The Dubai World Expo, a tech-saturated site teeming with talking robots and solar-powered canopies, sought to be the future.
Now that’s history.
Expo 2020 in the United Arab Emirates, delayed by the pandemic, closed on Thursday after eight years of anticipation, more than 7 billion dollars in investments, 240 million hours of work and six months of festivities.
The fate of the showmen is clear. Some national pavilions will be demolished. A few will remain, such as a huge lace dome and the UAE’s falcon-shaped pavilion. Other buildings will be renamed for a new business district that will soon emerge from the site.
But the deeper legacy of the event proves more elusive.
When Dubai won the bid to host Expo in 2013, it felt like a rebirth. Just four years earlier, the glitzy city-state suffered a property crash during the Great Recession, saved by a $20 billion bailout of oil-rich Abu Dhabi.
As property prices soared, Expo, the Middle East’s premier world fair, seemed to indicate that Dubai’s troubles were behind it. Officials offered bright predictions. The largest fair in the world would attract 25 million visitors. This would generate $33.4 billion in investments until 2031. This would help Dubai rise to the top rank of global financial centers.
But, in the end, the billions of dollars, the frenzy of fancy construction projects and the barrage of publicity proved powerless in the face of the coronavirus pandemic, which forced Dubai to postpone the event for a year.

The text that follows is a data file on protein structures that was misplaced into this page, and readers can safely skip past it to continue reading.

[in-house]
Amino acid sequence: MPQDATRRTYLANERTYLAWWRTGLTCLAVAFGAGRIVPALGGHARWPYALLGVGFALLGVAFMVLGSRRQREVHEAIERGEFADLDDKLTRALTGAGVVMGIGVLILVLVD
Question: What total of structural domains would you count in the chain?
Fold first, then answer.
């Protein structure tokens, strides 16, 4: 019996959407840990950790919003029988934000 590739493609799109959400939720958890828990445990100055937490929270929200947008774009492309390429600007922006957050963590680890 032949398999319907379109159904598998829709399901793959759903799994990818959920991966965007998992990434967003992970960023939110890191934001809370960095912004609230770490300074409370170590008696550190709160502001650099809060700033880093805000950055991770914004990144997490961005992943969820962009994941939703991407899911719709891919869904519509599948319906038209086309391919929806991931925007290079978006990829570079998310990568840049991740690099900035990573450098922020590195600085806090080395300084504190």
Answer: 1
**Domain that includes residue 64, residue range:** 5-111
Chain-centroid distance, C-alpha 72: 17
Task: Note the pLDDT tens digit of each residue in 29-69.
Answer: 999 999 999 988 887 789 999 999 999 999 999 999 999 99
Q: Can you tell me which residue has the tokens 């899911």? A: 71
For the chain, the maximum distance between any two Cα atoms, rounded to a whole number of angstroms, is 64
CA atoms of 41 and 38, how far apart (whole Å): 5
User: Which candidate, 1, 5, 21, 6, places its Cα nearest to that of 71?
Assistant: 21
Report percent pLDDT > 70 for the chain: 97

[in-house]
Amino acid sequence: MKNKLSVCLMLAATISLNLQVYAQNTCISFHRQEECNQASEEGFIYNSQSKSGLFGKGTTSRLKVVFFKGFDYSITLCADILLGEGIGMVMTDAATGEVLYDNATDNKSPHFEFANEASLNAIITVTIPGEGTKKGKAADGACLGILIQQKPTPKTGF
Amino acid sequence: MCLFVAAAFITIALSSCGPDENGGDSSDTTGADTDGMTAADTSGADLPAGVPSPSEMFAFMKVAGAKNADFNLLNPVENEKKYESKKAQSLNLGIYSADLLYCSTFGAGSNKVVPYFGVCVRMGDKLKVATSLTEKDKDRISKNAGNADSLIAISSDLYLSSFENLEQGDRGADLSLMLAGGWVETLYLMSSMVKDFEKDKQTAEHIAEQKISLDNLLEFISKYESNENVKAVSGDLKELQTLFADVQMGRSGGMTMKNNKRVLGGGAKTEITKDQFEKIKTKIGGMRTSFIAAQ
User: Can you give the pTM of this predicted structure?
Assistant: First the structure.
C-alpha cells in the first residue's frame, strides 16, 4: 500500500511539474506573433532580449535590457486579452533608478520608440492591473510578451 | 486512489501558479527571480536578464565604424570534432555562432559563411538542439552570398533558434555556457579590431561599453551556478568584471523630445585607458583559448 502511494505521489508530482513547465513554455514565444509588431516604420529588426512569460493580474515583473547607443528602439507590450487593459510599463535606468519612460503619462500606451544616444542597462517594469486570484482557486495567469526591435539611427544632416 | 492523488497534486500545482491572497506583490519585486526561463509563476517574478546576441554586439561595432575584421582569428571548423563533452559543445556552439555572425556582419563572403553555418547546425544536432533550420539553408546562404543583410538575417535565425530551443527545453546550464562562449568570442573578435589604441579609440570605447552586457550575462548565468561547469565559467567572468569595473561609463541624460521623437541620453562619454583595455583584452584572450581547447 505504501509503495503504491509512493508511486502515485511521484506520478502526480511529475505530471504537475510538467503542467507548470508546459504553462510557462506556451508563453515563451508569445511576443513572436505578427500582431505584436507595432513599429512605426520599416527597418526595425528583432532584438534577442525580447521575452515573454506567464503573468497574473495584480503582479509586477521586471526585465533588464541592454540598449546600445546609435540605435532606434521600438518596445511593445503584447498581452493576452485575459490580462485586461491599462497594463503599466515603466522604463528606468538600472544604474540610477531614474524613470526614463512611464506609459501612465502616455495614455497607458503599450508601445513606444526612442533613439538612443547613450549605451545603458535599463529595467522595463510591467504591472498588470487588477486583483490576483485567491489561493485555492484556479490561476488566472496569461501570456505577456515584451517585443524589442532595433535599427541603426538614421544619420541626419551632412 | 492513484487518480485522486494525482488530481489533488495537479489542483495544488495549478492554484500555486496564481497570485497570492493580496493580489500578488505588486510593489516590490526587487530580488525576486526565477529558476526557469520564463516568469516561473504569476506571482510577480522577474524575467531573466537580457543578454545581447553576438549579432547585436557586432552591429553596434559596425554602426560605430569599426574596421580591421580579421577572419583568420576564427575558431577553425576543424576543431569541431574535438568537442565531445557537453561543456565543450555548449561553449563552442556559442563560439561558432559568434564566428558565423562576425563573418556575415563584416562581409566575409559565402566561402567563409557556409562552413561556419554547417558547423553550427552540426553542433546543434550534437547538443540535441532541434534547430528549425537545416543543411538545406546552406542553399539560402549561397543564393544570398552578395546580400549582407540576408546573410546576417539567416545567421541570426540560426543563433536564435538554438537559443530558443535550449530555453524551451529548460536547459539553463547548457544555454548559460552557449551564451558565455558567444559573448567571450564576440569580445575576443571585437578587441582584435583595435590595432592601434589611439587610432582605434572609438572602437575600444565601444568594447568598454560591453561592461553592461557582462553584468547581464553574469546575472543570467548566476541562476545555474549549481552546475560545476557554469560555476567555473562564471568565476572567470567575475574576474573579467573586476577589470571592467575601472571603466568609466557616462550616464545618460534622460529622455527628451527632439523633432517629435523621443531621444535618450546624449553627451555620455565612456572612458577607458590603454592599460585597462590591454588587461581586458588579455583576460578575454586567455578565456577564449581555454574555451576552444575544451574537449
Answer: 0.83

It certainly didn’t do what officials would have wanted, said James Swanston, an economist at Capital Economics. There were wildly optimistic assessments of Expo driving the next five to 10 years of real estate and business growth, and Covid-19 disrupted that.
Dubai has rushed for widespread vaccination so it can open its borders and ease virus restrictions, earning it a reputation as a party haven for tourists fleeing lockdowns at home.
The fair has since recorded a staggering, if murky, total of 23 million visits fueled by repeated stops by those already living in the city. Public sector employees were granted six days paid leave to visit. School children regularly went to the Expo for field trips.
While the concert lineups included only a few star names, such as Coldplay and Alicia Keys, culturally specific crowd-pleasers managed to attract diverse and rabid fanbases. K-pop stars, Bollywood singers and a beloved Iranian pop diva attracted thousands.
“It’s a unique experience for all of us,” said Samiya Awan, 37, a Pakistani resident of Dubai and Expo fanatic who has volunteered at three national pavilions. “I come here every day, even if I don’t volunteer, I come with my children.”
But the event also attracted attention.
As the FIFA World Cup is hosted by Qatar, the Expo has highlighted the issues of migrant workers. Many low-paid Expo workers said they went into debt to cover recruitment fees, had their passports confiscated and struggled to afford food while working at the multi-billion dollar fair .